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Nyack Candidates Condemn Sign Thefts

by Dave Zornow

“Unlike stealing a lawn gnome or a plastic pink flamingo…stealing a lawn sign is a more heinous crime. There is moral and ethical guilt.”
Confessions of a Lawn Sign Stealer, The Huffington Post

Unlike the competitive jostling for placing babysitting, tennis lessons and yoga class posters in Nyack’s stores, lawn sign theft is a bit more serious. It’s a misdemeanor.  And Nyack’s candidates for public office are speaking out against it.

“It is very simple. Any supporter of the Constitution, and especially the First Amendment, would deplore the stealing of any lawn signs of any candidate, regardless of your view of the candidate,” says Nyack Mayor John Shields. His comments follow a post to NyackNewsAndViews by John Ballard, Where Have All The Lawn Signs Gone? on 7/25.

Ballard writes that eight lawn signs for Marianne Olive’s campaign for Mayor  all disappeared at once. When they were replaced, the new signs were also mysteriously removed. “I’m a little bit surprised by the pettiness of the gesture,” Ballard says.

“I have had to replace, more than once, several of my signs,” says mayoral candidate Marie Lorenzini. It is not only an infringement on my First Amendments rights, it becomes a very costly matter, too” she says.  “It is unacceptable behavior to take down anyone’s signs and I hope the problem does not continue,” adds Trustee Denise Hogan, who is also running for mayor.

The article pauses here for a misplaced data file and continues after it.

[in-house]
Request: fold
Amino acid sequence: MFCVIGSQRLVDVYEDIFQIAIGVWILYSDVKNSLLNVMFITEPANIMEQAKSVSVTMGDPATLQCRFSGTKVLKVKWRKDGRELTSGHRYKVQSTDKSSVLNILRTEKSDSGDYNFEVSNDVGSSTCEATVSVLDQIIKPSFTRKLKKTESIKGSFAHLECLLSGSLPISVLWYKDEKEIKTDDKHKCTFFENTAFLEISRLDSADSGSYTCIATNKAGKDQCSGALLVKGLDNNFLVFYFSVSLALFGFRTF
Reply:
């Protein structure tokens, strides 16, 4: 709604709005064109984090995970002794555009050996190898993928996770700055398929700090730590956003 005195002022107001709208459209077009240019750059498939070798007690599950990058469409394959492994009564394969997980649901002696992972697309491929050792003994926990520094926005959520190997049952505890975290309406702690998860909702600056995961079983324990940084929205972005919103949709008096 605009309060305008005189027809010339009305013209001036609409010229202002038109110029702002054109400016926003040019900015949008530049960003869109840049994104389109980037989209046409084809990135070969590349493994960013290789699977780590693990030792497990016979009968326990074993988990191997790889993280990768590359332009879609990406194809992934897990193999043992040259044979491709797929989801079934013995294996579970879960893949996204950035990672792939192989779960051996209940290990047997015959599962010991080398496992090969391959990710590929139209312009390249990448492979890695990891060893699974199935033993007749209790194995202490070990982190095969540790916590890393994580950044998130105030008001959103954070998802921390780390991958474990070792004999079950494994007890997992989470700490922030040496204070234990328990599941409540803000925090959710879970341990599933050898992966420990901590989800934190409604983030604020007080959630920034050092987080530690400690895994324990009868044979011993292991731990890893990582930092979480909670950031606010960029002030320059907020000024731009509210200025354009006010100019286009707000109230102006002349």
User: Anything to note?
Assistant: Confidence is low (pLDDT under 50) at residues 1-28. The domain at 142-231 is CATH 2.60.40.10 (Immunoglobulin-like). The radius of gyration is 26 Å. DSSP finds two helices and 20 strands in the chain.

Village Board candidate Jen Laird-White is against the theft of lawn signs — and lawn signs in general, too. “Of course it’s truly terrible for anyone to remove lawn signs,” she says.  “Anyone sabotaging someone willing to take on such a goliath task as running for public office should be thoroughly spanked and forced to run for office themselves.”

Laird-White goes further and questions the value of lawn signs. “They are neither aesthetically pleasing nor environmentally friendly. They are covered with a wax that I suspect doesn’t disappear over time and stuck onto bits of metal that join them in the landfill.  And no one ever, EVER comes to pick them up once Election Day is over.” As a political newcomer, Laird-White admits this is “it’s the way it’s always been done” but wishes we could find a better way.  “I’ll let you know if I come up with one,” she adds.

“The bigger problem with visual pollution and clutter occurs when lawn signs are placed and not removed on public land,” says mayoral candidate Richard Kavesh. “Some towns charge candidates a fee, refunding the money only after all the lawn signs have been removed from the town’s public property. That’s a pretty good incentive to remove them after the election is over,” he says.

It’s not even clear how important lawn signs are at all. “It’s common political wisdom, say consultants and campaign managers, that lawn signs play little role in the outcome,” writes Phil Busse in the Huffington Post. “Akin to wearing the home team’s color on game day or fans painting their faces, the political lawn sign is more statement than persuasion.”

And “theft” can be in the eye of the beholder. In one suburban Washington, DC district, candidates decried how hundreds of signs placed by their supporters were being stolen and demanded an investigation. As it turned out, the “stolen” signs had been illegally placed on public property. And the “thefts” were committed by maintenance workers who removed the signs while cutting the grass under the highway median strips where they had been placed.

See also:

Nyack Farmer's Market

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